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Happiness

Minister of Happiness

Posted on 2012.11.13 at 00:00
Current Location: 67114
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Money is a by-product of bigger, more meaningful goals such as passion, fun and wisdom.
~ Richard Branson


Bhutan is the only country to measure happiness. They have a Ministry of Happiness to measure the country's GNH (or Gross National Happiness) which "...measures quality of life or social progress in more holistic and psychological terms than only the economic indicator of gross domestic product (GDP)." Wow!

As someone who strives for happiness I have many considerations, for happiness isn't selfish (How many of you know selfish people who are happy?) nor is it solely altruistic (more a measure of meaningfulness, though dentin did extrapolate on the cultural benefits of being long-term "selfish", which looks a lot like altruism). For me, happiness comes from applying the Nash Equilibrium to lifestyle - ensure (to the best of your ability) those around you are also happy.

I rarely (I won't say never) act rashly. I tend to give everything due consideration. The fact that I process information ceaselessly through scenario-running just means I've already considered most outcomes and am ready to act - just because it seemed quick doesn't mean it was rash. It also doesn't mean it isn't flawed at times, only that it makes sense to me. Many times in the past I relied upon drax0r to poke holes in my logic as he was much more adept at it than I am. Hey, we all have to start somewhere.

Which brings me to awe, which I freely admit to experiencing often - over a wide variety of experiences. According to a study in Psychological Science, awe "expands people's perception of time, enhances well-being and causes people to behave more altruistically and less materialistically." This explains so much about where my concept of time comes from!

Business Insider columnist Gus Lubin exchanged emails with one of the paper's authors who defined an "awe" experience as something which required:


  1. Perceptual vastness

    • (i.e., you need to perceive that you’ve encountered something vast in number, size, scope, complexity, or social bearing)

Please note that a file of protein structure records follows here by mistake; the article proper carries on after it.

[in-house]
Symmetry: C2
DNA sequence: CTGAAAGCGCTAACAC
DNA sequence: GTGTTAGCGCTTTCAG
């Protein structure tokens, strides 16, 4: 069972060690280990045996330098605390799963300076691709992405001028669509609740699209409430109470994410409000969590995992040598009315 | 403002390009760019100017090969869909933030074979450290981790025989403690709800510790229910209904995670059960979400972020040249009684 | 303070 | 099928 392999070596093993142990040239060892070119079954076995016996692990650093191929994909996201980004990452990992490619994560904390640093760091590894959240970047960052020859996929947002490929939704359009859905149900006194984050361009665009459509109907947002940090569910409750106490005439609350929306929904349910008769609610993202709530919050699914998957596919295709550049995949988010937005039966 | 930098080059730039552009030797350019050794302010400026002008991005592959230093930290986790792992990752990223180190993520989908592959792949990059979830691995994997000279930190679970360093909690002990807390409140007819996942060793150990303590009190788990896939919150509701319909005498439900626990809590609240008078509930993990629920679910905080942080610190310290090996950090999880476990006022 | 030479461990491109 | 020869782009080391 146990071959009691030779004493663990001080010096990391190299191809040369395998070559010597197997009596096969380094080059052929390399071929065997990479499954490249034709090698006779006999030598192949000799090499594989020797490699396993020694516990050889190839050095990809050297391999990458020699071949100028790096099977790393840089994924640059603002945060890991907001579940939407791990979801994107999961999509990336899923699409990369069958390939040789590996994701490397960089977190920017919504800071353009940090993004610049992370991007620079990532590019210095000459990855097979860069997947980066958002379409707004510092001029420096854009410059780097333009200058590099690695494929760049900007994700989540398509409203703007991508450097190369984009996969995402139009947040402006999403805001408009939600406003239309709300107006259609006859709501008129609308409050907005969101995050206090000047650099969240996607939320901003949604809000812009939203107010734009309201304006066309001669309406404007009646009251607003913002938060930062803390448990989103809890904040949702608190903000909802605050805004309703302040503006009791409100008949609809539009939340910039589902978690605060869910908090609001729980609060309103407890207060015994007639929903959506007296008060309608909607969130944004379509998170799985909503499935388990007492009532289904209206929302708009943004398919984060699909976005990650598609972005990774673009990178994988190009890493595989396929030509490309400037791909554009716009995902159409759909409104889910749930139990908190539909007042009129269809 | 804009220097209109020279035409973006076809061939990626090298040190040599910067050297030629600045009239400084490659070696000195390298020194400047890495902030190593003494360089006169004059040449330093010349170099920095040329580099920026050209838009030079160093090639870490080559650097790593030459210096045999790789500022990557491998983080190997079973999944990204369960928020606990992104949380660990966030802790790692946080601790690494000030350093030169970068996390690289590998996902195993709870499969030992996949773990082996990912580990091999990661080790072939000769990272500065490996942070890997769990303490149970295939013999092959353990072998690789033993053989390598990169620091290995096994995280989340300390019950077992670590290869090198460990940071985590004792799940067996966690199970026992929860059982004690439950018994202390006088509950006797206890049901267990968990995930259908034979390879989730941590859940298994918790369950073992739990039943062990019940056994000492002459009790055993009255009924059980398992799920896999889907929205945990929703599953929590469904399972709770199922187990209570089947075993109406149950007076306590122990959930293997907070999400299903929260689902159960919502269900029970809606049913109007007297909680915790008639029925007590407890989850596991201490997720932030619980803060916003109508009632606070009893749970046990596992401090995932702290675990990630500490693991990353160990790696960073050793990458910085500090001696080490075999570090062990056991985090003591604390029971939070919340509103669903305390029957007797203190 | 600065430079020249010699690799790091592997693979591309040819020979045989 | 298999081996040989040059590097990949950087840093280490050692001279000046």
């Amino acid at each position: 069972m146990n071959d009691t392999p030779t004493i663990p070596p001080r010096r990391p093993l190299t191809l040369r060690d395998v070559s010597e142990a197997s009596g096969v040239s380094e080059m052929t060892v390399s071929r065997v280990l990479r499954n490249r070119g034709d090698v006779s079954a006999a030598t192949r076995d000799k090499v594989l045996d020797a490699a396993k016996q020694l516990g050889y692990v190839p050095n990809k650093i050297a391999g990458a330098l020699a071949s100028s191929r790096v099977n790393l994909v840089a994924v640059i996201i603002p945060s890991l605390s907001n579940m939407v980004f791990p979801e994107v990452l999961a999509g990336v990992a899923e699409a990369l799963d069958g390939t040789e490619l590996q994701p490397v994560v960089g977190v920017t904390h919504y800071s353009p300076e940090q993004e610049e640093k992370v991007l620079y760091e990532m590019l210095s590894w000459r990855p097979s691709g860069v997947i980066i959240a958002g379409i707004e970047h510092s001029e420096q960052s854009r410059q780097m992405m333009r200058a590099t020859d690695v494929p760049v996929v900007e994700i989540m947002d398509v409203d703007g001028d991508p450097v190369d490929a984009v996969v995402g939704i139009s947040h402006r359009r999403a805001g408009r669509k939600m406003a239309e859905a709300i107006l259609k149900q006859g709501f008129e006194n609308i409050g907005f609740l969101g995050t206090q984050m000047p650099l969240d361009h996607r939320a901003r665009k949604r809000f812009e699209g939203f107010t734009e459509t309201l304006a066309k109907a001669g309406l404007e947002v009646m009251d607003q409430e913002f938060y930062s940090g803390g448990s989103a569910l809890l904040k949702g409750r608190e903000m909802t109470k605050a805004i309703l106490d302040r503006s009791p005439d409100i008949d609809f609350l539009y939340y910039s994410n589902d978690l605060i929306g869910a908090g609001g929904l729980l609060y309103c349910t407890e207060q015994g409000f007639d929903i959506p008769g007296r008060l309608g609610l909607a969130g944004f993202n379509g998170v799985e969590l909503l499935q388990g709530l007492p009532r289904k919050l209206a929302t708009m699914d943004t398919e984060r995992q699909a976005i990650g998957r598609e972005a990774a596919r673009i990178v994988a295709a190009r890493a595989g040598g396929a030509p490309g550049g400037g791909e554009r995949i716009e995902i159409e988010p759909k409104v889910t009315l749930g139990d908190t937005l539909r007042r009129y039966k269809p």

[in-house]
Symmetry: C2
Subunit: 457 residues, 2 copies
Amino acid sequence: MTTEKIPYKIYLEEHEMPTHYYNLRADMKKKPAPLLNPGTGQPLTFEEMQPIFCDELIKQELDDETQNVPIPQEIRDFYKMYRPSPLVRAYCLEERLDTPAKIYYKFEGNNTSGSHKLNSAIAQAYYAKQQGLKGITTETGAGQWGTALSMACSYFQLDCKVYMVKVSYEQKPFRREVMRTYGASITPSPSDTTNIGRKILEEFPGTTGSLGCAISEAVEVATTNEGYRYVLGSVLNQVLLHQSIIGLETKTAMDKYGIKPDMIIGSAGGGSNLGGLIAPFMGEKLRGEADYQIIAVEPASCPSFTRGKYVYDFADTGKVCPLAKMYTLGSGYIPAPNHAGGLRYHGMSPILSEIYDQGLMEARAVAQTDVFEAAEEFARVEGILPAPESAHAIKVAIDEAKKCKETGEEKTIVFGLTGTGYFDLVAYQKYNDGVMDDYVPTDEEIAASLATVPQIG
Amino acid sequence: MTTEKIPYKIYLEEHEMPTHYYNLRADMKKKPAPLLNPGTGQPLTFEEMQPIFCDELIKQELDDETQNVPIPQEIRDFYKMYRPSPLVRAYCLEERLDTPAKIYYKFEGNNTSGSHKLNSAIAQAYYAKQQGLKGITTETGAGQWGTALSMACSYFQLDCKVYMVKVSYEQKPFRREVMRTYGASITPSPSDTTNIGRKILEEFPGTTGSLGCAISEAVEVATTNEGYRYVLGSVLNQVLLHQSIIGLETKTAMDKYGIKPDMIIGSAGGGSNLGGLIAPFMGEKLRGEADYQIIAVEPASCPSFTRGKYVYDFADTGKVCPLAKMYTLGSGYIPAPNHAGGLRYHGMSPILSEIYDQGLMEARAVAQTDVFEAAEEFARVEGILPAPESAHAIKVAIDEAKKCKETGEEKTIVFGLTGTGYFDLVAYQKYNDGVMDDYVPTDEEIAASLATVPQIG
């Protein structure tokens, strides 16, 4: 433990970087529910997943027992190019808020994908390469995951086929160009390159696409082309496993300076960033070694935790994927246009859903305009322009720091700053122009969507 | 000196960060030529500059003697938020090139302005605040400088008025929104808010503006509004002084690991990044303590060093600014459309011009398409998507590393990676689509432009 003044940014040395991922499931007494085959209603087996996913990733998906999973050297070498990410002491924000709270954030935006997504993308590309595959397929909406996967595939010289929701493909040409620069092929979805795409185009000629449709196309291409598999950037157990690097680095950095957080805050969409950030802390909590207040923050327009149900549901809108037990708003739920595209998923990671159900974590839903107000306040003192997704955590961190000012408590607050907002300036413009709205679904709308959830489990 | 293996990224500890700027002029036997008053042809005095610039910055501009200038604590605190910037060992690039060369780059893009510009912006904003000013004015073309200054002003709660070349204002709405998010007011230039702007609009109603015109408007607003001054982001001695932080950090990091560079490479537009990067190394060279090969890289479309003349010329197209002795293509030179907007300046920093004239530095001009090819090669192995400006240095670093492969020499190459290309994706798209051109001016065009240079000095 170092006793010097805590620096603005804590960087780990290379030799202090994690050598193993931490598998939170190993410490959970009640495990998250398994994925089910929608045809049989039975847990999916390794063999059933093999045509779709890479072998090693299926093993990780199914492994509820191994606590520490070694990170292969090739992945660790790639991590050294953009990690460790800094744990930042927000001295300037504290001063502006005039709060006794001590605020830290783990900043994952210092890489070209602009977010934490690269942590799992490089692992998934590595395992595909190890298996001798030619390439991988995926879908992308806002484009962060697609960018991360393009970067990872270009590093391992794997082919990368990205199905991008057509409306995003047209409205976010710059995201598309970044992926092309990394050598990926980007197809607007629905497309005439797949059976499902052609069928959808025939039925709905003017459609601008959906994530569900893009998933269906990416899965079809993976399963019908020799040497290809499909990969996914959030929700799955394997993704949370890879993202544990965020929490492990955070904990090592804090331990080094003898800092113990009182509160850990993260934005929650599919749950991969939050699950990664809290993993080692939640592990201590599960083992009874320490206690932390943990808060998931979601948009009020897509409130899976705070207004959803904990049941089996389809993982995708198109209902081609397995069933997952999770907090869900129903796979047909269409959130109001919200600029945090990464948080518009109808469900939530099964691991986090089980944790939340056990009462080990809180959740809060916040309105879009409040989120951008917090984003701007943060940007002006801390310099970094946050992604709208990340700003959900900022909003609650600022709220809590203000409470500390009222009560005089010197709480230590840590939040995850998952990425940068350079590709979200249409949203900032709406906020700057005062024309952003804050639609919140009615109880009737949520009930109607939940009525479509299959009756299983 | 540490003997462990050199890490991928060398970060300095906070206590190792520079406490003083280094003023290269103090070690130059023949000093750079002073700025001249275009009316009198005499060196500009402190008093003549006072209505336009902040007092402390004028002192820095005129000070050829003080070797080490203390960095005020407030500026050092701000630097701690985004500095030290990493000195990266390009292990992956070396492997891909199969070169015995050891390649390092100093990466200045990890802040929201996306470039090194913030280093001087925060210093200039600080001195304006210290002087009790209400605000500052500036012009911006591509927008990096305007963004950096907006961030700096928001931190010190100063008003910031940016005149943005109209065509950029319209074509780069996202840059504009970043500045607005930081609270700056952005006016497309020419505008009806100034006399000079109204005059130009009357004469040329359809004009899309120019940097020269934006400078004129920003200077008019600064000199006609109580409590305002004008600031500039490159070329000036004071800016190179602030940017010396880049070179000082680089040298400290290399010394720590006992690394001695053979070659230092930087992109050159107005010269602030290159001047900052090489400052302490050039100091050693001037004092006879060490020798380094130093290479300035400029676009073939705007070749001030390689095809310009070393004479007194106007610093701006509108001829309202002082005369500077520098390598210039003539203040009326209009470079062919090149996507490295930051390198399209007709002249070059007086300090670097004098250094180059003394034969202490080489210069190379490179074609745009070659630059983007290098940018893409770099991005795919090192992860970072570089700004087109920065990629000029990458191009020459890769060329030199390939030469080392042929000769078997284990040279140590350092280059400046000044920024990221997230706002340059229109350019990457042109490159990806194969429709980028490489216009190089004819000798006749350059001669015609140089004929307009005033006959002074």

2. A need for accommodation

    • (i.e., you must feel that you need to revise or update your mental structures/the way you think/your understanding of the world in order to understand the perceptually vast thing/stimuli)



Honestly, I can't tell you how good this validation in particular feels. I am not a scientist. I really can't prove any of my theories except in how I feel - and often the reply is, "Bullshit." I have preached (my wife calls it my new religion) on here ceaselessly on the importance of changing your worldview to accommodate that which you cannot otherwise comprehend, and letting your values self-correct to incorporate the new understanding.

I'm like the dullard at school who tried really hard and got the green ribbon for "most improved." That is to say, I really didn't excel competitively, I just did better than my usual. It explains why I have so much awe in my life. Don't you see? I'm finding I have to "update" my "understanding of the world" far more often that those way ahead of me. I see "scope" in very nearly everything I unearth - different ways to apply philosophy - and see "complexity" likewise; its daunting to know something can be applied liberally and yet be subject to existing paradigms, especially where "social bearing" is concerned! Its because my understanding was so far behind. I get the green ribbon.

It just helps reinforce that I'm not crazy.

As the Bhutanese Minster of Happiness says, "Increasingly, there has been so much research in terms of developing ways, matrixes and systems which can actually assess the way in which happiness can be measured through various factors that contribute to the happiness quotient of an individual. There are those now who increasingly accept happiness as an objective for development."

Color me happy :)






Comments:


Michelle1963
michelle1963 at 2012-11-14 13:50 (UTC) (Link)
I love the Branson quote. Every time I have seen the man interviewed, the guy is happy and excited about what he is doing. Unfortunately, many people believe that money will make them happy. Research has shown that this is true only if they have deficits in basic needs. If people are fortunate enough to make or (receive as in winning the lottery or getting an inheritance) they discover that now they are the same people they were - and it that was unhappy, they are still unhappy - with more money. And so they think, well, maybe I still don't have enough money to make me happy. Wrong.

Happiness comes from teaching your mind to be happy - which as you pointed out often means altering your underlying beliefs.
Michelle1963
michelle1963 at 2012-11-14 14:10 (UTC) (Link)
I have come across people who seem to believe it is wrong to be "too happy." Or they believe that their woes must equal their joy - which always appear to me as "paying" for being happy as if happiness were a sin.

Actually, I believe that is exactly how they feel. A gift from our Puritan ancestors. A gift that has become cultural, even amongst those Americans who are not particularly religious. An unfortunate legacy.
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